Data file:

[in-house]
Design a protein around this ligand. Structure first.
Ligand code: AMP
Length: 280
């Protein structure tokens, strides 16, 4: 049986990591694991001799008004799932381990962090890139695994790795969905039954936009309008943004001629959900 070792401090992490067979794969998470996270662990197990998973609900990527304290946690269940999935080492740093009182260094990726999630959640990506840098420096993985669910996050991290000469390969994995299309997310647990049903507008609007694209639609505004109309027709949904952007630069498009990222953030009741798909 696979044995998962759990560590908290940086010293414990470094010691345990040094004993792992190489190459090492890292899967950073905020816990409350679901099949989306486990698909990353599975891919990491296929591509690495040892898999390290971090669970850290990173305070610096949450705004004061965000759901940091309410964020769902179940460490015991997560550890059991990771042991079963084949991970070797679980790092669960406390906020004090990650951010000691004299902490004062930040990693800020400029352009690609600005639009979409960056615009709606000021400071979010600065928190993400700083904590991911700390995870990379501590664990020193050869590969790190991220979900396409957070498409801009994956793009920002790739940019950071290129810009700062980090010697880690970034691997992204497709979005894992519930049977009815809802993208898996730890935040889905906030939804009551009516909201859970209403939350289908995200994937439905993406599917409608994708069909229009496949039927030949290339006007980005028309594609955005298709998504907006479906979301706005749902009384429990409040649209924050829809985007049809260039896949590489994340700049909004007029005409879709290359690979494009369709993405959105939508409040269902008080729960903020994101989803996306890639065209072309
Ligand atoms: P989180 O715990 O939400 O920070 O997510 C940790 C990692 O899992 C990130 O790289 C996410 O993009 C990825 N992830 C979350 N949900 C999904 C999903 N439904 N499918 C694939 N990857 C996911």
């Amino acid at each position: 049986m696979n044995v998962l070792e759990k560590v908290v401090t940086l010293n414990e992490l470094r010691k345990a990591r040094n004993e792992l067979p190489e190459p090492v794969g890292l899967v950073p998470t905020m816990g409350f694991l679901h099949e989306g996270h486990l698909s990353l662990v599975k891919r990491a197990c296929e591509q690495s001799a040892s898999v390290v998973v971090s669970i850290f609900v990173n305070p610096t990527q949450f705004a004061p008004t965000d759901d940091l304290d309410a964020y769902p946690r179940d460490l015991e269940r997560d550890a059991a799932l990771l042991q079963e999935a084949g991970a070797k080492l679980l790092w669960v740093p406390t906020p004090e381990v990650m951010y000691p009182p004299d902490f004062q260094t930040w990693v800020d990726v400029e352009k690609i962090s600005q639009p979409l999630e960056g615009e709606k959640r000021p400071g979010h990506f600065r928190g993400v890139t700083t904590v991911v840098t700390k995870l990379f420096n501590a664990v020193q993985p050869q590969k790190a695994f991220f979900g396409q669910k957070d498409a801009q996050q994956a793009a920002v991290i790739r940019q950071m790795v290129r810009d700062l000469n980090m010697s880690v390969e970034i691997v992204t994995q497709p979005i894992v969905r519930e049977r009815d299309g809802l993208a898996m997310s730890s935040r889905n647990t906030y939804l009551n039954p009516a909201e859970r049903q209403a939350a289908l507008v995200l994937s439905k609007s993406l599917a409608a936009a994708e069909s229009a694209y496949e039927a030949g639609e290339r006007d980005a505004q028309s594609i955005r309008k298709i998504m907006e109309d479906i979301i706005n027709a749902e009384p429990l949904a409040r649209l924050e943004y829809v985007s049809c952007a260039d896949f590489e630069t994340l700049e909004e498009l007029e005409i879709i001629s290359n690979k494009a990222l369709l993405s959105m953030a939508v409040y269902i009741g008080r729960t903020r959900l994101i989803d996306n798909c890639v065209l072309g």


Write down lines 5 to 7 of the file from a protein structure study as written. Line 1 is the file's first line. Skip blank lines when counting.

């Protein structure tokens, strides 16, 4: 049986990591694991001799008004799932381990962090890139695994790795969905039954936009309008943004001629959900 070792401090992490067979794969998470996270662990197990998973609900990527304290946690269940999935080492740093009182260094990726999630959640990506840098420096993985669910996050991290000469390969994995299309997310647990049903507008609007694209639609505004109309027709949904952007630069498009990222953030009741798909 696979044995998962759990560590908290940086010293414990470094010691345990040094004993792992190489190459090492890292899967950073905020816990409350679901099949989306486990698909990353599975891919990491296929591509690495040892898999390290971090669970850290990173305070610096949450705004004061965000759901940091309410964020769902179940460490015991997560550890059991990771042991079963084949991970070797679980790092669960406390906020004090990650951010000691004299902490004062930040990693800020400029352009690609600005639009979409960056615009709606000021400071979010600065928190993400700083904590991911700390995870990379501590664990020193050869590969790190991220979900396409957070498409801009994956793009920002790739940019950071290129810009700062980090010697880690970034691997992204497709979005894992519930049977009815809802993208898996730890935040889905906030939804009551009516909201859970209403939350289908995200994937439905993406599917409608994708069909229009496949039927030949290339006007980005028309594609955005298709998504907006479906979301706005749902009384429990409040649209924050829809985007049809260039896949590489994340700049909004007029005409879709290359690979494009369709993405959105939508409040269902008080729960903020994101989803996306890639065209072309
Ligand atoms: P989180 O715990 O939400 O920070 O997510 C940790 C990692 O899992 C990130 O790289 C996410 O993009 C990825 N992830 C979350 N949900 C999904 C999903 N439904 N499918 C694939 N990857 C996911």
């Amino acid at each position: 049986m696979n044995v998962l070792e759990k560590v908290v401090t940086l010293n414990e992490l470094r010691k345990a990591r040094n004993e792992l067979p190489e190459p090492v794969g890292l899967v950073p998470t905020m816990g409350f694991l679901h099949e989306g996270h486990l698909s990353l662990v599975k891919r990491a197990c296929e591509q690495s001799a040892s898999v390290v998973v971090s669970i850290f609900v990173n305070p610096t990527q949450f705004a004061p008004t965000d759901d940091l304290d309410a964020y769902p946690r179940d460490l015991e269940r997560d550890a059991a799932l990771l042991q079963e999935a084949g991970a070797k080492l679980l790092w669960v740093p406390t906020p004090e381990v990650m951010y000691p009182p004299d902490f004062q260094t930040w990693v800020d990726v400029e352009k690609i962090s600005q639009p979409l999630e960056g615009e709606k959640r000021p400071g979010h990506f600065r928190g993400v890139t700083t904590v991911v840098t700390k995870l990379f420096n501590a664990v020193q993985p050869q590969k790190a695994f991220f979900g396409q669910k957070d498409a801009q996050q994956a793009a920002v991290i790739r940019q950071m790795v290129r810009d700062l000469n980090m010697s880690v390969e970034i691997v992204t994995q497709p979005i894992v969905r519930e049977r009815d299309g809802l993208a898996m997310s730890s935040r889905n647990t906030y939804l009551n039954p009516a909201e859970r049903q209403a939350a289908l507008v995200l994937s439905k609007s993406l599917a409608a936009a994708e069909s229009a694209y496949e039927a030949g639609e290339r006007d980005a505004q028309s594609i955005r309008k298709i998504m907006e109309d479906i979301i706005n027709a749902e009384p429990l949904a409040r649209l924050e943004y829809v985007s049809c952007a260039d896949f590489e630069t994340l700049e909004e498009l007029e005409i879709i001629s290359n690979k494009a990222l369709l993405s959105m953030a939508v409040y269902i009741g008080r729960t903020r959900l994101i989803d996306n798909c890639v065209l072309g």